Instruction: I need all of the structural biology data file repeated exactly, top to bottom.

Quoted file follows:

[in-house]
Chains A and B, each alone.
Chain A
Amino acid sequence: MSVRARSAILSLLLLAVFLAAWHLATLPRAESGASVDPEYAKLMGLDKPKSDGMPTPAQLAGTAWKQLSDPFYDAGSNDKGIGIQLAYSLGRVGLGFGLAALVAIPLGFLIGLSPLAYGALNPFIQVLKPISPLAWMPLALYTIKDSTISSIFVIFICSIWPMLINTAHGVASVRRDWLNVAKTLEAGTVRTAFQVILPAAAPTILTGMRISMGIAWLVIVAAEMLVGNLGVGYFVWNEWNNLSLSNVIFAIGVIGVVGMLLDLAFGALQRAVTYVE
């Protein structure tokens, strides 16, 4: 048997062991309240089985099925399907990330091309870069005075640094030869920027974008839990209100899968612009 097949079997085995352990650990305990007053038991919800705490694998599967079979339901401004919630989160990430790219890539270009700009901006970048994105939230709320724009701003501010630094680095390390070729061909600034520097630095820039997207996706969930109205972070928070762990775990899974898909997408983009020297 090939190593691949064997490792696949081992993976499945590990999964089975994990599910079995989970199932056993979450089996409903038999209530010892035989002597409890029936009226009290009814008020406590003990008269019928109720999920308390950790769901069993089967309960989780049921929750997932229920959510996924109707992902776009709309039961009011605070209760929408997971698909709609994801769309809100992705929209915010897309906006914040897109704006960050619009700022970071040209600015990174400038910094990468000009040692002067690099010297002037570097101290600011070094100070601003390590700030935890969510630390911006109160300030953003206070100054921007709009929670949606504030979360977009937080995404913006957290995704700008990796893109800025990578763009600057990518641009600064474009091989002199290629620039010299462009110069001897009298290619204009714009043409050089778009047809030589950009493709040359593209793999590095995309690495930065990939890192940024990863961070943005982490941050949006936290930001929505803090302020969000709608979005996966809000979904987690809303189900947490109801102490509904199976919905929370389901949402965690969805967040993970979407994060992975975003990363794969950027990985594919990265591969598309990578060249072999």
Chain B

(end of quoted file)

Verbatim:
[in-house]
Chains A and B, each alone.
Chain A
Amino acid sequence: MSVRARSAILSLLLLAVFLAAWHLATLPRAESGASVDPEYAKLMGLDKPKSDGMPTPAQLAGTAWKQLSDPFYDAGSNDKGIGIQLAYSLGRVGLGFGLAALVAIPLGFLIGLSPLAYGALNPFIQVLKPISPLAWMPLALYTIKDSTISSIFVIFICSIWPMLINTAHGVASVRRDWLNVAKTLEAGTVRTAFQVILPAAAPTILTGMRISMGIAWLVIVAAEMLVGNLGVGYFVWNEWNNLSLSNVIFAIGVIGVVGMLLDLAFGALQRAVTYVE
């Protein structure tokens, strides 16, 4: 048997062991309240089985099925399907990330091309870069005075640094030869920027974008839990209100899968612009 097949079997085995352990650990305990007053038991919800705490694998599967079979339901401004919630989160990430790219890539270009700009901006970048994105939230709320724009701003501010630094680095390390070729061909600034520097630095820039997207996706969930109205972070928070762990775990899974898909997408983009020297 090939190593691949064997490792696949081992993976499945590990999964089975994990599910079995989970199932056993979450089996409903038999209530010892035989002597409890029936009226009290009814008020406590003990008269019928109720999920308390950790769901069993089967309960989780049921929750997932229920959510996924109707992902776009709309039961009011605070209760929408997971698909709609994801769309809100992705929209915010897309906006914040897109704006960050619009700022970071040209600015990174400038910094990468000009040692002067690099010297002037570097101290600011070094100070601003390590700030935890969510630390911006109160300030953003206070100054921007709009929670949606504030979360977009937080995404913006957290995704700008990796893109800025990578763009600057990518641009600064474009091989002199290629620039010299462009110069001897009298290619204009714009043409050089778009047809030589950009493709040359593209793999590095995309690495930065990939890192940024990863961070943005982490941050949006936290930001929505803090302020969000709608979005996966809000979904987690809303189900947490109801102490509904199976919905929370389901949402965690969805967040993970979407994060992975975003990363794969950027990985594919990265591969598309990578060249072999």
Chain B